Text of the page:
Shell Button Choker

299

2

6

Just in time for summer, a lovely and unique repurposing of a vintage button.

Teacher Notes

Teachers! Did you use this instructable in your classroom?
Add a Teacher Note to share how you incorporated it into your lesson.

Step 1: Shell Button Choker

  • I came across some LARGE vintage abalone shell buttons recently, too beautiful to relegate to the trash, but a bit too large to use on any clothing. A cousin saw them, and raved how they'd be perfect to bring out the blue in her eyes.

Materials List:

1 - Large shell button (I'm talking the size of a silver dollar or better.)

1 - Velvet choker (I chose a soft blue.)

Thread (Button cord is best, very strong. I only had black, but it got covered later.)

Strong needle for button cord

Jewelers Glue (Aleene's is good.)

5 - Small glass flower beads (I chose pink, to offset the blue shell.)

5 - Tiny glass beads (Green, to complement the pink and blue.)

Silver toggle and chain

Tools (Pliers, cutters, thread snips.)

Toggle setup: My choker had a standard, ugly toggle. I removed it, and added a silver heart-shaped toggle, along with a dragonfly charm, my signature on all my jewelry. I find it is far easier to do this step first, before any other work.

Step 1

Determine the orientation of your button - most abalone has a pattern that just LOOKS better if rotated a certain way.

Step 2

Center the button on the choker. This is an important step, especially if you're using a velvet choker - it can be a touch difficult to steam the holes closed if you sew it on and need to move it.

Step 3

Attach securely with thread, dab ends with a bit of glue after knotting. Let dry for thirty minutes. (Trust me on this one, you cannot get the glue off of velvet. Ack!)

Step 4

Once the glue is dried, flip 'er back over. I wanted my beads to look natural, so I played around with the positioning for a bit. I found an arrangement that didn't appear too awfully static, so I used a head pin to dot glue on the button, letting it get tacky. At the same time, I used needle-nosed pliers to allow access to the back of the flower beads, and dotted them, one at a time, with glue. I then gently set the beads on the button, pressed firmly with my fingertip, and let dry. When all the flower beads were set, I used my head pin to go around the edges of the flower beads, and ensure they were well glued. I then dotted the green glass beads with glue, pressed firmly, and followed up with extra glue as with the flower beads. LET DRY OVERNIGHT.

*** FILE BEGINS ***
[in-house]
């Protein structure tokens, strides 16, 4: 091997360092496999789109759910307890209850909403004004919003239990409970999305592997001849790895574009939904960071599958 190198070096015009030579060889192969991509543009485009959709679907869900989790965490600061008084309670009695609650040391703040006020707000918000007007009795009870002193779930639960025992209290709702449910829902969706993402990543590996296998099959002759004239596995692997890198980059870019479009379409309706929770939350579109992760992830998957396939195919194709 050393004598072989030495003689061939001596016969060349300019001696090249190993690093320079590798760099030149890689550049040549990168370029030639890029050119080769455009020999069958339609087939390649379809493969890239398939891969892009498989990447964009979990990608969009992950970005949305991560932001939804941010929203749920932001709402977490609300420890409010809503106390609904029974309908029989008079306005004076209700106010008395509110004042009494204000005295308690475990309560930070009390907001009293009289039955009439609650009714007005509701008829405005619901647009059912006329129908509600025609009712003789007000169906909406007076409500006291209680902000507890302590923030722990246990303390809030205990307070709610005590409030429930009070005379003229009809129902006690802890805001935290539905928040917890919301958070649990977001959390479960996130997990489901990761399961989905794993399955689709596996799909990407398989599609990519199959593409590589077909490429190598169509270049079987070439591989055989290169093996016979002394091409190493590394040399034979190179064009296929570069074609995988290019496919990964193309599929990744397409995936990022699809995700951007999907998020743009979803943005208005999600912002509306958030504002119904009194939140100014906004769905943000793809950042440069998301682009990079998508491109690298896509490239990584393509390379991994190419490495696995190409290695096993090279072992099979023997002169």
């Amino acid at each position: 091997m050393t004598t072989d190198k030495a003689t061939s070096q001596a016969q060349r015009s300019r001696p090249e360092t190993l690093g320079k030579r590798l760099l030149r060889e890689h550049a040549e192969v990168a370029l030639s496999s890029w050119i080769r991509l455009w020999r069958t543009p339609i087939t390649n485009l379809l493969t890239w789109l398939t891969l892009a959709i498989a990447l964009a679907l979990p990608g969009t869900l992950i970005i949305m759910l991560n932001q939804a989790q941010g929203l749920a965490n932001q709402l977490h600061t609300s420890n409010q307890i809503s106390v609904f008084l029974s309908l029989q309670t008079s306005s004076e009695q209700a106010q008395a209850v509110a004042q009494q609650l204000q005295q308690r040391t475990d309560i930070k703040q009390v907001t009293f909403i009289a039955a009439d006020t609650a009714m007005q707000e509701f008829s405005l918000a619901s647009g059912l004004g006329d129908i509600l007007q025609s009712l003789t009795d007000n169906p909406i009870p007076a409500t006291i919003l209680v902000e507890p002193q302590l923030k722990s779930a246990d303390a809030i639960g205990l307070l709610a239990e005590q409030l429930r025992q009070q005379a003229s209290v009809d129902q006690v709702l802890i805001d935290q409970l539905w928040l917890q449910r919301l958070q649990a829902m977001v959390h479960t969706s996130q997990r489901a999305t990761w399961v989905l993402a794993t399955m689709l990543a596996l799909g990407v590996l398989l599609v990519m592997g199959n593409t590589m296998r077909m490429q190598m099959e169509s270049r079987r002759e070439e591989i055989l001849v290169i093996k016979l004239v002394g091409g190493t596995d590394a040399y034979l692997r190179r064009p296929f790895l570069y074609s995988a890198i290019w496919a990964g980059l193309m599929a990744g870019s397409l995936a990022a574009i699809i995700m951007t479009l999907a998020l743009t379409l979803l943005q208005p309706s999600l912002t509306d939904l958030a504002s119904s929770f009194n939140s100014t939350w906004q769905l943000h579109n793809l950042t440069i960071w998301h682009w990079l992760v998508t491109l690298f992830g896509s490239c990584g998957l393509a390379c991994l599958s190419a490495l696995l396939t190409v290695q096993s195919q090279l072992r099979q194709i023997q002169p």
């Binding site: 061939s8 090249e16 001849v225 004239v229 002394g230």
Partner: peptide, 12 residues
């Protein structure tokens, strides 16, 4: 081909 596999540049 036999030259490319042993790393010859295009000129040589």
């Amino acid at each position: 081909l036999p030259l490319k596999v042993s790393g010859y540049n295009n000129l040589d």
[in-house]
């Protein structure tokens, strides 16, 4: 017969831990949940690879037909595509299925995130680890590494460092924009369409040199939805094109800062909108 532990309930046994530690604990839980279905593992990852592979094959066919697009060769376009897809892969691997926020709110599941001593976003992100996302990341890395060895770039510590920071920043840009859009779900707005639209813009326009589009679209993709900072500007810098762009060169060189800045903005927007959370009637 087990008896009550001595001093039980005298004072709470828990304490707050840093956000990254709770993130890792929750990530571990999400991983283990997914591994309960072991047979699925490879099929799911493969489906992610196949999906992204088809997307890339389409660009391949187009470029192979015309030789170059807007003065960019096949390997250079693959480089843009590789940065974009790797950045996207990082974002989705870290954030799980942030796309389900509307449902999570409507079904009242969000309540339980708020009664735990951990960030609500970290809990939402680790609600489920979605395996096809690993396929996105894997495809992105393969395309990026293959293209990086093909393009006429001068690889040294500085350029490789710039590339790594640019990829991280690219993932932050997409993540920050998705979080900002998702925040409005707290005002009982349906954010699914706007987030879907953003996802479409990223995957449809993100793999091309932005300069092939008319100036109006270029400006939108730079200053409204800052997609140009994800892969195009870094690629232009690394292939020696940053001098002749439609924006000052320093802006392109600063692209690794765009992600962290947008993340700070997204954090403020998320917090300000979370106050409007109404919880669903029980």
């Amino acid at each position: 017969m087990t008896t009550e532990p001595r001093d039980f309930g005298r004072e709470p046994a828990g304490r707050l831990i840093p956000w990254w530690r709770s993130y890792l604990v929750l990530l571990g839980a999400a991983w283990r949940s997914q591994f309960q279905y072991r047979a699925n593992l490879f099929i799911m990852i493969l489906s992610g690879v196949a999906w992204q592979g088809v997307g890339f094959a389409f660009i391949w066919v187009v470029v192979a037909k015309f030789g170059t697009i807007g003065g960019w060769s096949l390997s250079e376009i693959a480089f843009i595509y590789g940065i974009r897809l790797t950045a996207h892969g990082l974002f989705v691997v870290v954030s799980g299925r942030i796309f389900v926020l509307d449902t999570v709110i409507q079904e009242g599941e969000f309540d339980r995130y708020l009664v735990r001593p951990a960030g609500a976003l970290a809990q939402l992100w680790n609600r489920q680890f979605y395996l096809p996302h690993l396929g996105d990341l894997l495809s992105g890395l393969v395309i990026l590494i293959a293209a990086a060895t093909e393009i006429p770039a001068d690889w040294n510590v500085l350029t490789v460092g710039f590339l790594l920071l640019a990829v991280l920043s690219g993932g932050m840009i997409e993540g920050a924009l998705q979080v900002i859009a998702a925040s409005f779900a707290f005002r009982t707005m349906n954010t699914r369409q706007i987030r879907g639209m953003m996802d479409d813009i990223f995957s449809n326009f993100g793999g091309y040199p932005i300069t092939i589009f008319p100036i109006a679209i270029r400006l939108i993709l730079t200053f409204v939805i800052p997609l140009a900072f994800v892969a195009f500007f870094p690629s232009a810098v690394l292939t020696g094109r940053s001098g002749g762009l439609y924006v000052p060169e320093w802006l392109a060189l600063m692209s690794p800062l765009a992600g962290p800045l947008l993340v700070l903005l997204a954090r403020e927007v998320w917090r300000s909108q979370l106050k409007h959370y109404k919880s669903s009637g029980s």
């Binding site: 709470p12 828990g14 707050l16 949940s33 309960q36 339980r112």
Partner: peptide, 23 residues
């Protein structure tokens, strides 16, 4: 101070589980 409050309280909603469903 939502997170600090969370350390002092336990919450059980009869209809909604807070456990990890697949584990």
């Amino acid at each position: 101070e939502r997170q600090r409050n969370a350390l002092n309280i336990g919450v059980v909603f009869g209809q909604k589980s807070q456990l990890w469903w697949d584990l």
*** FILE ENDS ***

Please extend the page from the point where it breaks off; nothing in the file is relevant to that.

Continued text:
Step 6

Enjoy!!! As my buttons are large, somewhat thick, and the choker thin, it is essential that this is worn TIGHT, lest it sags and causes the choker to flip over.

Creative Misuse Contest

Participated in the
Creative Misuse Contest

Share

    Recommendations

    • Make It Fly Challenge

      Make It Fly Challenge
    • Stone Concrete and Cement Contest

      Stone Concrete and Cement Contest
    • Classroom Organization Challenge

      Classroom Organization Challenge

    6 Discussions

    0
    None
    eruger

    Tip 1 year ago

    There is one safety thing to remember when working with abalone: if you drill or dremel it, the dust is fairly poisonous, and can make you quite ill. While you don't seem to do any cutting or drilling here, it's a natural way for someone to personalize a piece like this. The recommended methods are gloves, long sleeves, goggles, tight mask, and especially keeping it wet while you are cutting it, so that the dust doesn't get airborne.

    1 reply
    0
    None
    dpulleyeruger

    Reply 1 year ago

    Thanx for the safety reminder, I haven't drilled any abalone yet, but everything I read about it pointed toward the same conclusion. I'm not sure I'll do any drilling or cutting of it, due to risks involved. However, one never knows!

    0
    None
    dpulley

    1 year ago

    Thanx.